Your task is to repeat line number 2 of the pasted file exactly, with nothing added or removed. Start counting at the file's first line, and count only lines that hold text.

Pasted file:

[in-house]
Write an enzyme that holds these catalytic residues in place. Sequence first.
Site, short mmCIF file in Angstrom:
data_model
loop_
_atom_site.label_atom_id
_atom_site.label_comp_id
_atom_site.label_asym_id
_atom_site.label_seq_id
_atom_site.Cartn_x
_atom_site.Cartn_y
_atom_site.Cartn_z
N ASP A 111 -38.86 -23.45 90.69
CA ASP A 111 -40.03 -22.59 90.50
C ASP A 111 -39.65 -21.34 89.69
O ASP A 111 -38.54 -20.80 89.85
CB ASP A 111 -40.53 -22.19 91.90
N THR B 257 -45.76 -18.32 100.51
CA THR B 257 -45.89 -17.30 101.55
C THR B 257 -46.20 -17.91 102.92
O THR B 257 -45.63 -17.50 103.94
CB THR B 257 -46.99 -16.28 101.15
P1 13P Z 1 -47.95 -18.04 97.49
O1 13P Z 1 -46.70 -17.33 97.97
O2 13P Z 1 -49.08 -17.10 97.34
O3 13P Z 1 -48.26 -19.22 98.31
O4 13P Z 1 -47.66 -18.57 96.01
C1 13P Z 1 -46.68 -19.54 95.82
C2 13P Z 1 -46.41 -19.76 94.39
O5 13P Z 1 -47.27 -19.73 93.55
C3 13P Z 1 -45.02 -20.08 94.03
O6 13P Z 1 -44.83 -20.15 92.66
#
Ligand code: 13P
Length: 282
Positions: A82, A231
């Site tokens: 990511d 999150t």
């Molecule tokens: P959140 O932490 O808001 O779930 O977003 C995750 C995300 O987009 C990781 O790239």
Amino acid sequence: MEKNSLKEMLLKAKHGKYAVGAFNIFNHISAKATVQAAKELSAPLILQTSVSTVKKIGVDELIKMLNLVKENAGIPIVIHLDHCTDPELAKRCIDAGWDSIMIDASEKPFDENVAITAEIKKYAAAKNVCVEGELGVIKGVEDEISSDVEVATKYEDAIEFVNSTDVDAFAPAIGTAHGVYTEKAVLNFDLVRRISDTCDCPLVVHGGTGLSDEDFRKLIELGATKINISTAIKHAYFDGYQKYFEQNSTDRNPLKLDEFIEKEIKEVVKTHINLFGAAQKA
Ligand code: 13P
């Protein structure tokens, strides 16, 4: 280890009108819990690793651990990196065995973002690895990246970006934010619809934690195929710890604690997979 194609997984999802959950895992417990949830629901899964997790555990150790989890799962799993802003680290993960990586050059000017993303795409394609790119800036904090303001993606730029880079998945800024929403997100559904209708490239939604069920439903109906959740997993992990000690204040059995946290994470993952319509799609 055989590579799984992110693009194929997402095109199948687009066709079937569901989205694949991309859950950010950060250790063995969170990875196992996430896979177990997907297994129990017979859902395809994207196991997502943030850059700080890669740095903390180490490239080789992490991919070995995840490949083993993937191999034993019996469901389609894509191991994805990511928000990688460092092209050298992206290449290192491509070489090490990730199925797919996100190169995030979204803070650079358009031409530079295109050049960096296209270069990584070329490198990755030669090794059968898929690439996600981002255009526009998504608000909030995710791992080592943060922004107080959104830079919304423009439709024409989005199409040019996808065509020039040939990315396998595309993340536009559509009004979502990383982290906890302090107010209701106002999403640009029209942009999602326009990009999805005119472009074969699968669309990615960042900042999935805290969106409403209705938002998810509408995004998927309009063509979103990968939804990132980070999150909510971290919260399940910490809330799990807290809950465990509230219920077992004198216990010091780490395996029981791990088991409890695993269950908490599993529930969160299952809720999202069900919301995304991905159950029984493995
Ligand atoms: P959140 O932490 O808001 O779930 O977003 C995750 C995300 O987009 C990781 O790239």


Write an enzyme that holds these catalytic residues in place. Sequence first.